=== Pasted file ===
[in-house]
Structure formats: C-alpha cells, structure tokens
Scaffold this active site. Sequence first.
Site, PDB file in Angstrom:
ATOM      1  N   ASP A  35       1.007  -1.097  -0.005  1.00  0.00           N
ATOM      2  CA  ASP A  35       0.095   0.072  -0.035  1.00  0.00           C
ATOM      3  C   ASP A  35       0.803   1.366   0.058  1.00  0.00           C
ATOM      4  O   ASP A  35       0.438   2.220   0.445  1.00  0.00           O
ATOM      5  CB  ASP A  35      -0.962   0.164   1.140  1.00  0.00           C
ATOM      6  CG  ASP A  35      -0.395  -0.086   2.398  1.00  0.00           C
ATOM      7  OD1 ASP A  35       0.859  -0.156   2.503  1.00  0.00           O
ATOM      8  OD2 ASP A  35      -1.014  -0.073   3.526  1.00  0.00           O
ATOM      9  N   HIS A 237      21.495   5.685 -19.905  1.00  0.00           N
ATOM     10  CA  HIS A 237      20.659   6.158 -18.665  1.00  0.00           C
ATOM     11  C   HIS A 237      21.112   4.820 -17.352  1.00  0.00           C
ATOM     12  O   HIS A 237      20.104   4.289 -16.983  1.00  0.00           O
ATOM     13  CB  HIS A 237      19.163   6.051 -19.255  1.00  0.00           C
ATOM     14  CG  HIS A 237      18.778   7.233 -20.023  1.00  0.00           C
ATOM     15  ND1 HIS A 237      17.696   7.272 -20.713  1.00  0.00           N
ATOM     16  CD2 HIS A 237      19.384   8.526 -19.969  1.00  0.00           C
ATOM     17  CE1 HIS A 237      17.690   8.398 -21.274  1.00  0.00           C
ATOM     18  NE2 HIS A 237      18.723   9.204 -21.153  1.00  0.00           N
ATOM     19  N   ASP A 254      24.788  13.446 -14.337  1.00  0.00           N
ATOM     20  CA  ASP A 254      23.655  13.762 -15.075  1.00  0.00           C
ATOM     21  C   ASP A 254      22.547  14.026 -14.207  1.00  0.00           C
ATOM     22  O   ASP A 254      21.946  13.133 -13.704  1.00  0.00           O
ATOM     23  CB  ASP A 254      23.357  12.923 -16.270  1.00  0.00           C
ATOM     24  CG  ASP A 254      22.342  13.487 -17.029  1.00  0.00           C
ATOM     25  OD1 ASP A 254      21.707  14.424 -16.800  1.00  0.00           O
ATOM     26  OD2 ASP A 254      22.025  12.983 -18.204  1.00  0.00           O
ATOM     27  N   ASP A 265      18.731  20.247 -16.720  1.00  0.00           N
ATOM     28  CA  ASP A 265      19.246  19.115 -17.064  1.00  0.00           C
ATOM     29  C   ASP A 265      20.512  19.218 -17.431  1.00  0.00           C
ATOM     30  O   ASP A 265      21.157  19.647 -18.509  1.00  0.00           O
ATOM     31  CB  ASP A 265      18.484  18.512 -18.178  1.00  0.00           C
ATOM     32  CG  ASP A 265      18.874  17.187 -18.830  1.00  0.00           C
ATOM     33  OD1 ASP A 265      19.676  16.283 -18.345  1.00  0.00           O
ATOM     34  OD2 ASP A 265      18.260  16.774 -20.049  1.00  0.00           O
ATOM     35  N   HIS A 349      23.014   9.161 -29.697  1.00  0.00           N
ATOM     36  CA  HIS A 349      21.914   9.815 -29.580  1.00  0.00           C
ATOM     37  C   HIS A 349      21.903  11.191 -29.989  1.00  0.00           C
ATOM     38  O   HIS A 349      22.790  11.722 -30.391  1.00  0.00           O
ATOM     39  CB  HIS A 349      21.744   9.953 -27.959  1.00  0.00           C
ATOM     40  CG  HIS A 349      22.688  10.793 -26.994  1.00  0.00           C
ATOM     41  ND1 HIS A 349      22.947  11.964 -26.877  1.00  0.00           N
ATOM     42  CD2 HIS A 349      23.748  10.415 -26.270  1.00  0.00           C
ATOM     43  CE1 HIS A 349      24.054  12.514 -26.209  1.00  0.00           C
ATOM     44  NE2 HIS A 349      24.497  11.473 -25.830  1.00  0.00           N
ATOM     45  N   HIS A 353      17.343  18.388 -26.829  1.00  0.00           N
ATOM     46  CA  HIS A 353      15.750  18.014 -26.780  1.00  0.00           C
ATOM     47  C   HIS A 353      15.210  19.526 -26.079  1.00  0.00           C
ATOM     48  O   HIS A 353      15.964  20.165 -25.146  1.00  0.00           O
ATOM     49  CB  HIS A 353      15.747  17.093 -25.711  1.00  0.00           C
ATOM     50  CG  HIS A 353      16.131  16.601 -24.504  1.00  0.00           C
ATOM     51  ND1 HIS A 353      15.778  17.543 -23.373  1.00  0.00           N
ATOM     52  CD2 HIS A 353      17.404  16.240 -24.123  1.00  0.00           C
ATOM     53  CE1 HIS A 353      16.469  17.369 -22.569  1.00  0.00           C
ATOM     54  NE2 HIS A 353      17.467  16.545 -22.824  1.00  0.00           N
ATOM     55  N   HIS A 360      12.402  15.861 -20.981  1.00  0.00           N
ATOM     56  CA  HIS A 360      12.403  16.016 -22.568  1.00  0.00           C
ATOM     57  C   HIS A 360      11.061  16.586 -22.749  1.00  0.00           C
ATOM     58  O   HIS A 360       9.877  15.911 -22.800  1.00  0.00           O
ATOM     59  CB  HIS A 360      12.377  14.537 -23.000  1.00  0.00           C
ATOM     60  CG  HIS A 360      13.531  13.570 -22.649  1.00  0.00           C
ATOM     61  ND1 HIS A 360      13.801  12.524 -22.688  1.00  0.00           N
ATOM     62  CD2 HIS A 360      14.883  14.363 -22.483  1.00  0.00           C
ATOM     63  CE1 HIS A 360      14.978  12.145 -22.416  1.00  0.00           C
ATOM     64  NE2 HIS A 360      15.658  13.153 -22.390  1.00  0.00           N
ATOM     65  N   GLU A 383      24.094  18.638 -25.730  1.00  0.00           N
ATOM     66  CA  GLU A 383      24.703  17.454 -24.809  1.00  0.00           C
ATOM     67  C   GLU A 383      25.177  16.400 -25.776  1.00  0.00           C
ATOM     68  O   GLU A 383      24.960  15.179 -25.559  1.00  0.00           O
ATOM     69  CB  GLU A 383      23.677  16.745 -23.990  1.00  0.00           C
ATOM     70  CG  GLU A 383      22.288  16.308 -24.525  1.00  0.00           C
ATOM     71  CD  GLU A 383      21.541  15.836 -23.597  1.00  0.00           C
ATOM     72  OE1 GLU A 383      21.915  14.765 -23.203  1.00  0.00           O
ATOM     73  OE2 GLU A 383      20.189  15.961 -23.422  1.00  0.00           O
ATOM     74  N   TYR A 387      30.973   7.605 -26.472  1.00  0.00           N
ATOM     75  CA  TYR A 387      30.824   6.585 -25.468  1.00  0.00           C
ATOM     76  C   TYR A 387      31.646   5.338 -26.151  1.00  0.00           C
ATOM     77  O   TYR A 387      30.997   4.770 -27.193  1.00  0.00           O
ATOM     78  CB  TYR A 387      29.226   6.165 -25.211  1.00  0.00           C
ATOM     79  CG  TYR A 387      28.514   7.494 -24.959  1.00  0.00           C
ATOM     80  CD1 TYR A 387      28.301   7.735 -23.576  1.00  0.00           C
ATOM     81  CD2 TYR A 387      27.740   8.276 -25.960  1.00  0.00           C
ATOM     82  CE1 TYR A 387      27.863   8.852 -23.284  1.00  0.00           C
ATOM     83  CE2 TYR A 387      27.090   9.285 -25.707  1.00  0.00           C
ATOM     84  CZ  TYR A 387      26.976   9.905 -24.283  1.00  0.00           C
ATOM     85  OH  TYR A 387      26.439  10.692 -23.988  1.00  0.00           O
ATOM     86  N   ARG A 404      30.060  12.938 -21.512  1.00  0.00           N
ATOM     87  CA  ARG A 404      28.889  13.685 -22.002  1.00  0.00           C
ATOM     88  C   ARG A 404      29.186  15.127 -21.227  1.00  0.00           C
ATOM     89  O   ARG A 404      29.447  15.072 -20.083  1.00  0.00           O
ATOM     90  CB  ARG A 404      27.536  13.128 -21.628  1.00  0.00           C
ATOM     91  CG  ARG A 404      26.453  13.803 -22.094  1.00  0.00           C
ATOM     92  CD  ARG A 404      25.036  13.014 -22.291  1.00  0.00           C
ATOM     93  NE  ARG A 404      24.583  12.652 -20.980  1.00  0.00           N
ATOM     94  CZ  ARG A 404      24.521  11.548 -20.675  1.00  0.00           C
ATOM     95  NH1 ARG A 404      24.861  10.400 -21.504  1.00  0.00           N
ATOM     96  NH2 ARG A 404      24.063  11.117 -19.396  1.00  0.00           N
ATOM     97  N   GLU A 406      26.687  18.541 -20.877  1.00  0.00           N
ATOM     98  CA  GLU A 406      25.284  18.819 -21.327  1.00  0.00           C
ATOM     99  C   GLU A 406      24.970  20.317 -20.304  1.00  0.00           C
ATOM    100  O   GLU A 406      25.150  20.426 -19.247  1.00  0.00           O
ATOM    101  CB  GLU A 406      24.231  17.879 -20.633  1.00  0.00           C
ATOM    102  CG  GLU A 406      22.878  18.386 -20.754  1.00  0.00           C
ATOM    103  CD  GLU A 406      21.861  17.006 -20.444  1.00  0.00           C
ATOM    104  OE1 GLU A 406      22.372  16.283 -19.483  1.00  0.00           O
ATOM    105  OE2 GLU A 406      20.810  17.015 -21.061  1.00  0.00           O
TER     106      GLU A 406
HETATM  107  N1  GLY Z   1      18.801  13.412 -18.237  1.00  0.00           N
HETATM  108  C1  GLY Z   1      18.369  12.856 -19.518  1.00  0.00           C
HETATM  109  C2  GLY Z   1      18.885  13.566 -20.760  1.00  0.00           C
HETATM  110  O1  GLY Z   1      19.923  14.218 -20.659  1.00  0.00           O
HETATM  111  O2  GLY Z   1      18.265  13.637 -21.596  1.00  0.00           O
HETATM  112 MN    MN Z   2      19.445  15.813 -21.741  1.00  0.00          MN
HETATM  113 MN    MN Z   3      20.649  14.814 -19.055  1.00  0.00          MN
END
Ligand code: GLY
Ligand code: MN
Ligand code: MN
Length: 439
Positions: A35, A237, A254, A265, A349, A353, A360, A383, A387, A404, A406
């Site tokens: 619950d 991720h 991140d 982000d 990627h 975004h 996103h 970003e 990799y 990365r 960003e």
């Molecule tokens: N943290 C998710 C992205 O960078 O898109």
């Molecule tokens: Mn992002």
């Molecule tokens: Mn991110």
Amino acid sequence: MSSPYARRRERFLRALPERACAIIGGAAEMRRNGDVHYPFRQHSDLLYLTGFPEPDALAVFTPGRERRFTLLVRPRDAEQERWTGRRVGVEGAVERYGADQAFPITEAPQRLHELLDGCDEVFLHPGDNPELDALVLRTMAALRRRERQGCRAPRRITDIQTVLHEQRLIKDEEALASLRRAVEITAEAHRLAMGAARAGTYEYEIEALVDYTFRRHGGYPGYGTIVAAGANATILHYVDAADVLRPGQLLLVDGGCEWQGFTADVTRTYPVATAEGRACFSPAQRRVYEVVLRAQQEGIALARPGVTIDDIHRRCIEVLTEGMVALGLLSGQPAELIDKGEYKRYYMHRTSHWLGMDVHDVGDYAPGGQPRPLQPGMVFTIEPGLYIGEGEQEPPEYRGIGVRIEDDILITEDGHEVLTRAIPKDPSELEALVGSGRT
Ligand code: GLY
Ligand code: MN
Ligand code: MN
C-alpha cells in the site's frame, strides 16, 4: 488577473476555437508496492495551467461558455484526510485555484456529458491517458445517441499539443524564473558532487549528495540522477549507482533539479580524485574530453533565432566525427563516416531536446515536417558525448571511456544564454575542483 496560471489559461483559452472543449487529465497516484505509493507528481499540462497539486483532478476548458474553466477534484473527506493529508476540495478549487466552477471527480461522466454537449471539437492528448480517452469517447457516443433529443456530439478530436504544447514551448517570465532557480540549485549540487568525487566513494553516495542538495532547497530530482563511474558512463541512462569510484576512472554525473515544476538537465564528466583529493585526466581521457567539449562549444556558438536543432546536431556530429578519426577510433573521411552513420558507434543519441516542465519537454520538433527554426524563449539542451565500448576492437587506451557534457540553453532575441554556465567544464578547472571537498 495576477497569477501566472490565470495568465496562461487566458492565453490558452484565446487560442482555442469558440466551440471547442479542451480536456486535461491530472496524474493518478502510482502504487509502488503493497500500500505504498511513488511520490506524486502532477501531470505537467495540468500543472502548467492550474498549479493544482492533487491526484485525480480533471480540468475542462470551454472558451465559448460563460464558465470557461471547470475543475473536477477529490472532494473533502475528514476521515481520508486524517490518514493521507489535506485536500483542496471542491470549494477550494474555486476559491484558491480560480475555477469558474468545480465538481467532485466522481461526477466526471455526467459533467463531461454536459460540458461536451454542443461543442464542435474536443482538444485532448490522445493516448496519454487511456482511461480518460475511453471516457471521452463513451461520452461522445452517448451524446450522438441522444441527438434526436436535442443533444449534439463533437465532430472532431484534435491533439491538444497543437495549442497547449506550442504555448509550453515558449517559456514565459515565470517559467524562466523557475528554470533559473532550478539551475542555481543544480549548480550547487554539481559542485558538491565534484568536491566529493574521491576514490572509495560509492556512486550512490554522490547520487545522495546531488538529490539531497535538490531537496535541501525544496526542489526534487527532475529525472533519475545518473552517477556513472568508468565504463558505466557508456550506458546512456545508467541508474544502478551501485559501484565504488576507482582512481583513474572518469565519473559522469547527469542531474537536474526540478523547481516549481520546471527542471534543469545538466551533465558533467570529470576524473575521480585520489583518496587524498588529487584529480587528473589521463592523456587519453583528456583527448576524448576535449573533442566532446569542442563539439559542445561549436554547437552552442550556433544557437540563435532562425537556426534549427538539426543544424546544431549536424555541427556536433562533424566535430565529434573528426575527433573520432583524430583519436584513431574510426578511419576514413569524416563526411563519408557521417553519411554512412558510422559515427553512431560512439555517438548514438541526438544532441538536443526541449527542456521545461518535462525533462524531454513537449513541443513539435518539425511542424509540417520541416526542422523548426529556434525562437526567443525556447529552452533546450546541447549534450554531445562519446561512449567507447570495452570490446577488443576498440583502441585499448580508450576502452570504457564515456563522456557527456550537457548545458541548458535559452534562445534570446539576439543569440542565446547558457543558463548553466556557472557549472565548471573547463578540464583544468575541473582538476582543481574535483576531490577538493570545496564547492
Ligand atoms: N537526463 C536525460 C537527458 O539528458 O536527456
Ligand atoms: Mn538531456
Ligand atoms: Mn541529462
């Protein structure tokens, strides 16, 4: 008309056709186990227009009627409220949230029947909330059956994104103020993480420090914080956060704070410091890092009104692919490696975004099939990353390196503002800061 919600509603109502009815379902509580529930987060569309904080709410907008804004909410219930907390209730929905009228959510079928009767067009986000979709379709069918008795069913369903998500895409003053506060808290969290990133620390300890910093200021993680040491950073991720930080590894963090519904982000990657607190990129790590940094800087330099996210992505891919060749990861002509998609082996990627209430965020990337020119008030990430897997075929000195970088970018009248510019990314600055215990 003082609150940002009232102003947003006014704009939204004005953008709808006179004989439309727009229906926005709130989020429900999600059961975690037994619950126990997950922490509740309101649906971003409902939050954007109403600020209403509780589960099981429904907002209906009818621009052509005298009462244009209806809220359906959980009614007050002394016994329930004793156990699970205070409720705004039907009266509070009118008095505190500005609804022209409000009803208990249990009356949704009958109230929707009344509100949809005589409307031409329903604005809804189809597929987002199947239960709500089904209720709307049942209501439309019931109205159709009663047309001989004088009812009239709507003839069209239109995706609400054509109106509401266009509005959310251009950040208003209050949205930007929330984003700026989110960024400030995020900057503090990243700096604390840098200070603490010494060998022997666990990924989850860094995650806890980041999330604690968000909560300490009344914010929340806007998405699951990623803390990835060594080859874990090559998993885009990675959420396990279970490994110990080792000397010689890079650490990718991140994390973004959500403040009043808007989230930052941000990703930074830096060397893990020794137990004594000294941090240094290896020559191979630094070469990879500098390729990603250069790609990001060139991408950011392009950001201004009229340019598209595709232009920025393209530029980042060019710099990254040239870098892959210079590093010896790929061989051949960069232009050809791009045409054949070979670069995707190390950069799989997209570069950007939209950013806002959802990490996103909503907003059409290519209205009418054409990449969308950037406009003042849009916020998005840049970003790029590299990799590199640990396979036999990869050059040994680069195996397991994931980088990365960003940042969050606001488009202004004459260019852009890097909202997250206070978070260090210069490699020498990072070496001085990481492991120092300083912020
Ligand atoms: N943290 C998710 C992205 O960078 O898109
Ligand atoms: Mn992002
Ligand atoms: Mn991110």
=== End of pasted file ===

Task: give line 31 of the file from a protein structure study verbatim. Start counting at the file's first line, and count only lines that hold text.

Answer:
ATOM     27  N   ASP A 265      18.731  20.247 -16.720  1.00  0.00           N